Re: basis for morality

Bill Dozier (dozier@radix.net)
Tue, 23 Jul 1996 12:26:44 -0400

I wrote:
> > For instance, Hayek's theory that
> > morality evolved as human society discovered how best to regulate its
> > relationships may be plausible but begs the question as to the authority of
> > the resulting moral law over every individual.

Dennis Sweitzer summarized the "selfish gene" theory:
> The socio-biology view seems to imply that the resulting moral law has no
> authority over every individual. So society is at the mercy of
> individuals--but individuals are at the mercy of society, as well. So, the
> concept of authority is merely a rationalization and variation of
> 'might-makes-right'.

All of which disqualifies it as a basis for morality. It is more of a basis
for amorality. The Selfish Gene was a popular book among some of my friends
when I was an undergrad back in the 70's and I can assure you that none of
the people that I knew that rationalized their immoral behavior with its
arguments even attempted to use it as a worldview. That would be patently
impossible. I would tell you the Norman Geisler anecdote about students and
relative morality, but I'm sure you've all heard it.

Steve Schaffner also replied:
> Does the Christian view really avoid begging the question? How does
> the fact that God is my creator make his law binding morally? Why is
> it _right_ to obey God, rather than merely expedient, or necessary,
> say? Suppose humans prove able, eventually, to make intelligent,
> conscious machines. Should our wishes be morally binding on them?

I did not and would not say that God's status as creator gives him the
right to hold us responsible to his "wishes." What is right and wrong is
decided by what is consistent with God's character. There can be no other
standard, or God is not infinite. Put another way, there is no code that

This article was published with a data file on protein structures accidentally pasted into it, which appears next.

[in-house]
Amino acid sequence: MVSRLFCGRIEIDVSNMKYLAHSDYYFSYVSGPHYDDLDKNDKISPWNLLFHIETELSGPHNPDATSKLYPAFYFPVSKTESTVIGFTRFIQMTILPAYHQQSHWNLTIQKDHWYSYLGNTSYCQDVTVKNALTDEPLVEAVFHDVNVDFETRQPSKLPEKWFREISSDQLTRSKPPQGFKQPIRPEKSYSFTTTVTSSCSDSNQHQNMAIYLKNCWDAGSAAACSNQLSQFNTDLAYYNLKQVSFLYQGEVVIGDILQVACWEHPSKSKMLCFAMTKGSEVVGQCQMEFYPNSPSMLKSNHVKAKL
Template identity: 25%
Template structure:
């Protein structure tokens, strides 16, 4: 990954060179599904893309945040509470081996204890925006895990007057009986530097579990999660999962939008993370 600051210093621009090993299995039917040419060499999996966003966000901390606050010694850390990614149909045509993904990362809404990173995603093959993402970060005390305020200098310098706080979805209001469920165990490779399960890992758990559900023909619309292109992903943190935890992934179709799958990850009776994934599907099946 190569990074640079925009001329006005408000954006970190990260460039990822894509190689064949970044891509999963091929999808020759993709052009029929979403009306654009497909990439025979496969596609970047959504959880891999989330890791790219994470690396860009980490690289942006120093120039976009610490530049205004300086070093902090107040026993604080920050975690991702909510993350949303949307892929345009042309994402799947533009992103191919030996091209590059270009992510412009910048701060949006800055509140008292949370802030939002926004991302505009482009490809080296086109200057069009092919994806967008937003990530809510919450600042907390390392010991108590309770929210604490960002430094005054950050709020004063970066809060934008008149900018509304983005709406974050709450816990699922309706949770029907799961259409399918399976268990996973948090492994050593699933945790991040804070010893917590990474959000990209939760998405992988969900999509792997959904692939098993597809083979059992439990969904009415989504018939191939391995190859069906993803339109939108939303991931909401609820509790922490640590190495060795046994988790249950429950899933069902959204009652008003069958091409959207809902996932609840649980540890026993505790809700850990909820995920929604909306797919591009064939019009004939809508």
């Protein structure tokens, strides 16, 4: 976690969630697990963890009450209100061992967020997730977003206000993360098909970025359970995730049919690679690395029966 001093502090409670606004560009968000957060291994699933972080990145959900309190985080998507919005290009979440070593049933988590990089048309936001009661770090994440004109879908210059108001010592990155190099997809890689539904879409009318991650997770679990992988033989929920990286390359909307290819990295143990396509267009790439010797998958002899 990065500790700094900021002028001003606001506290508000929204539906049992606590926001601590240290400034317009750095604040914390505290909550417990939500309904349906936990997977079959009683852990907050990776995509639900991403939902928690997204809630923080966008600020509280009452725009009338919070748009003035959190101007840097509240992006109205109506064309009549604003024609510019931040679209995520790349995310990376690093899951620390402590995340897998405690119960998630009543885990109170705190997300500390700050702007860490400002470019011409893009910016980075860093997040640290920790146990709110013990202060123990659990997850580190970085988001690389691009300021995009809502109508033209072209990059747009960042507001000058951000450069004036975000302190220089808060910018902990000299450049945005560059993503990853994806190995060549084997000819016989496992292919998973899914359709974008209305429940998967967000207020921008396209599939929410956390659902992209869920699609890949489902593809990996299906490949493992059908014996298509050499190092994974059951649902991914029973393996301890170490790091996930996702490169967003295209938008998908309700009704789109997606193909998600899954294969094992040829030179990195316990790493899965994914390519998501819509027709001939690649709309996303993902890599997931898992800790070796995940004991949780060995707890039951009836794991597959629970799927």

God must follow in order to be good. God just "is" good. Were there a
standard for him to follow, then the deviser of that standard must be God
instead.

Absolute morality can be grounded only in God's character.

I wrote:
> > On the other hand, the Christian has but one faith commitment to make:
> > submission to the infinite, personal, triune God as revealed in the Bible.
> > In His nature is found the basis for a complete and consistent worldview.
> > Even if we were to concede (and we don't have to) that this single faith
> > commitment is a blind "leap" without foundation, are we worse off than the
> > non-theist? Is it more rational to make one leap or several? What if it is
> > not a blind leap?

Steve replied:
> I don't think the situation is quite as simple as that. I can find
> elements in the Bible that support both my moral beliefs and my
> trust in science, but I can also find plenty of elements that run
> counter to both.

If the Bible actually teaches contrary to your moral or scientific beliefs,
then I would humbly suggest that you consider changing them. If you mean
something else here, then please elucidate.

> It's not at all clear to me to what extent, in
> reality, my moral beliefs are based on my theism. If, for example,
> you were convinced that God was directing you to murder a child,
> would you do it?

I'm not quite sure what you're getting at here, so I don't know how to
respond to this.